Background in law and sufficient command of English. Preferably students are familiar with the basics of international and European law.
The International Labor Organization (ILO) is one of the oldest international organizations in the world. It is even older than the United Nations of which it is a special agency. The main aim of the ILO is the creation of social justice. Thereto the ILO promotes rights at work, encourages decent employment opportunities and strengthens social dialogue on work-related issues. It does so through setting standards by Conventions and Recommendations and through various programmes featuring decent work or promoting better work, as well as corporate social responsibility (CSR). Within the context of (economic) globalization these standards and programmes have gained importance and became leading in terms of expectations of the national labour laws of its Member States and the behaviour of multinational enterprises (MNEs). Having an even more stronger economic interdependence within the European Union (EU), the EU has created an additional set of labour law rules. Moreover, the EU is more than just an international organization, it is a supranational organization that has created its own legal order. This means that for EU Member States labour law is no longer a mainly national issue, indeed it is strongly influenced by the standards and programmes of the ILO and the social policy directives of the EU, including the jurisprudence of the Court of Justice of the European Union.
Objectives of the course:
During this course, a general introduction into and an overview of the International Labor Organization (ILO) and European Union (EU) Labour Law will be provided.
We will study the basic institutional settings of the ILO and the EU, as well as their enforcement and monitoring mechanisms.
We will discuss the historical background of both organizations and the implications thereof for the standards and instruments they have developed over the course of time.
We will discuss the labour standards of the ILO, its governance Conventions and the decent work programmes.
We will study the ILO’s core labour standards, the governance conventions and its decent and better work programmes.
We will study some issue of the EU’s social policy, among which the European social dialogue, employee involvement at the workplace in general and with regard to specific situations and the EU’s approach to equal treatment.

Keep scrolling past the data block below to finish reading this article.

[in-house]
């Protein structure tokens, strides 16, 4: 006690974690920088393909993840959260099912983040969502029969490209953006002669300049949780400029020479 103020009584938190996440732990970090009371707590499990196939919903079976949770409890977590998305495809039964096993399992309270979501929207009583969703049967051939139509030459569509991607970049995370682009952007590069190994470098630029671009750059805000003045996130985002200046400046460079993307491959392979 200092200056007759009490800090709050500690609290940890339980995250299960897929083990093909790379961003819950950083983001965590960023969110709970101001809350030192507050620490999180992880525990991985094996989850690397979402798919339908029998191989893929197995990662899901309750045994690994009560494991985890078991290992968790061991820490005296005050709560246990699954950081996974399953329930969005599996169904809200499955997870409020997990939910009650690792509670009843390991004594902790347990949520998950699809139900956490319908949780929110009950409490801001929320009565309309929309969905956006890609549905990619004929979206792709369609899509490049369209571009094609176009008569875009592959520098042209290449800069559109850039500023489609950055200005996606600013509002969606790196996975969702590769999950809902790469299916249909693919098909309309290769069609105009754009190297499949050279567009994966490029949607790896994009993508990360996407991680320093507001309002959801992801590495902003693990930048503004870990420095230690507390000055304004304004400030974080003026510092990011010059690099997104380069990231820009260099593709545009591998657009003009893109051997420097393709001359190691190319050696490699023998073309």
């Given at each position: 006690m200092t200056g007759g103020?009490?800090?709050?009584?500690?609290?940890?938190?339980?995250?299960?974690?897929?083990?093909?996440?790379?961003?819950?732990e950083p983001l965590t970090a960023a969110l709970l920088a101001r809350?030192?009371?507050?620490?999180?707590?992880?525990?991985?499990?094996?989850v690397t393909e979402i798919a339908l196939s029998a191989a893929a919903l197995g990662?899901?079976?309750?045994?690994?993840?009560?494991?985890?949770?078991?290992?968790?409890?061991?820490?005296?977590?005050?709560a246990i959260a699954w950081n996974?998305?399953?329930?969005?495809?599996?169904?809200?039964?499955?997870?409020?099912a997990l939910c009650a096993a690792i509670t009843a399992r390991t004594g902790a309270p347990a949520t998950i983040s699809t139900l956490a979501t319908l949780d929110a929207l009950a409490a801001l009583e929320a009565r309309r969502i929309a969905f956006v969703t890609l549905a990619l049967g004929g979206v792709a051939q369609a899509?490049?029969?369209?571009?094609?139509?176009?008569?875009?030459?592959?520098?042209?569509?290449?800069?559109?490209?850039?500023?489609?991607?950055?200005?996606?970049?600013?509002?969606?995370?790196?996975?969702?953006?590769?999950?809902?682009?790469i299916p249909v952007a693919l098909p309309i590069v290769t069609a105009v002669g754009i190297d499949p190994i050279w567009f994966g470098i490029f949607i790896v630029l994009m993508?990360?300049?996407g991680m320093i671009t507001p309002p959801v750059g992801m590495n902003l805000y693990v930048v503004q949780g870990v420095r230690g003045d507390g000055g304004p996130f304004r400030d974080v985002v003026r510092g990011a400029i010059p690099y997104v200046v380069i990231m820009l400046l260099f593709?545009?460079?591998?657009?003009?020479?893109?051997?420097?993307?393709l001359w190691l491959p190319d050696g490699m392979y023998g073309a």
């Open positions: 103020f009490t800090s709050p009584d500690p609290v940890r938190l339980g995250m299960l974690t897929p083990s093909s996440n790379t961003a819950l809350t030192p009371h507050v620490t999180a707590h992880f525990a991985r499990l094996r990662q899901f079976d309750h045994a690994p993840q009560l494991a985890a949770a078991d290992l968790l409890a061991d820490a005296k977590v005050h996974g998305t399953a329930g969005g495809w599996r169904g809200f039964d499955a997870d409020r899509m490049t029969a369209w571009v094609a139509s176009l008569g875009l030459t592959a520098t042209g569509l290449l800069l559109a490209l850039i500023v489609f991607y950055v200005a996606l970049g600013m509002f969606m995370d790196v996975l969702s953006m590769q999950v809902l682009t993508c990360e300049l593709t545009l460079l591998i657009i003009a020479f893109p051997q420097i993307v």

The following achievement levels apply with regard to the course:
Historical background knowledge of global and European labour law, especially of the ILO and the EU.
Knowledge and understanding of the basic institutional settings of the ILO and the EU and their enforcement and dispute settlement mechanisms
Knowledge and understanding of the ILO’s core labour standards, its governance conventions and its decent and better work programmes
Knowledge and understanding of the most important material aspects of EU Labour Law
Application of EU labour law to practical cases
Ability to analyze and evaluate developments of labour law within the ILO and the EU
See the website.
Mode of instruction
Number of (2 hour) lectures: 10 (1 per week for a duration of 10 weeks)
Names of lecturers: Prof. dr G.J.J. Heerma van Voss, dr. Y. Erkes and dr. B.P. ter Haar
Required preparation by students: Required reading for every lecture
Number of (2 hour) seminars: 10 (1 per week for a duration of 10 weeks)
Names of instructors: dr. Y. Erkens and d.r B.P. ter Haar
Required preparation by students: Required reading (Literature, legislation and cases); written preparation of the Seminar Assignments (to be handed in via Blackboard)
Partial exam 1: paper on an issue of the ILO. The retake will be an upgrade of the paper.
Partial exam 2: written open book exam, consisting of open questions for the part on the European Union. The retake will be an oral open book exam, based on a case with open questions and some additional open questions.
Each partial exam counts for 50% and needs to be passed, i.e. a 5,5 for each of the exams separately. The pass grades for the partial exams remain valid at up to and including the academic year following the year in which the grade has been achieved.
Areas to be tested within the exam
Compulsory reading materials and any other topics discussed in class.
The Blackboard environment for this course will contain all of the Assignments, relevant background materials and a selection of the prescribed case-law.
More information on this course is offered in Blackboard.
Obligatory course materials
- Reader I International Labor Organisation;
Reader II EU Labour Law
Legislation and case law:
- Reader III GELL Legislation and caselaw.
The course information guide (information & assignments) will be made available on Blackboard.
Students have to register for courses and exams through uSis.
Exchange students have priority and will be registered for the course first. Any remaining seats will be available for students from Leiden University and other Dutch Universities.
Coordinator: Ms. dr. B.P. ter Haar
Work address: Steenschuur 25 (KOG), room C.1.01
Telephone number: +31 (0)71 527 7757
Institution: Public Law
Division: Labour Law
Room number secretariat: Steenschuur 25 (KOG), room B0005
Opening hours: Monday-Friday 9.00-17.00 hrs
Telephone number secretariat: +31 (0)71 527 7713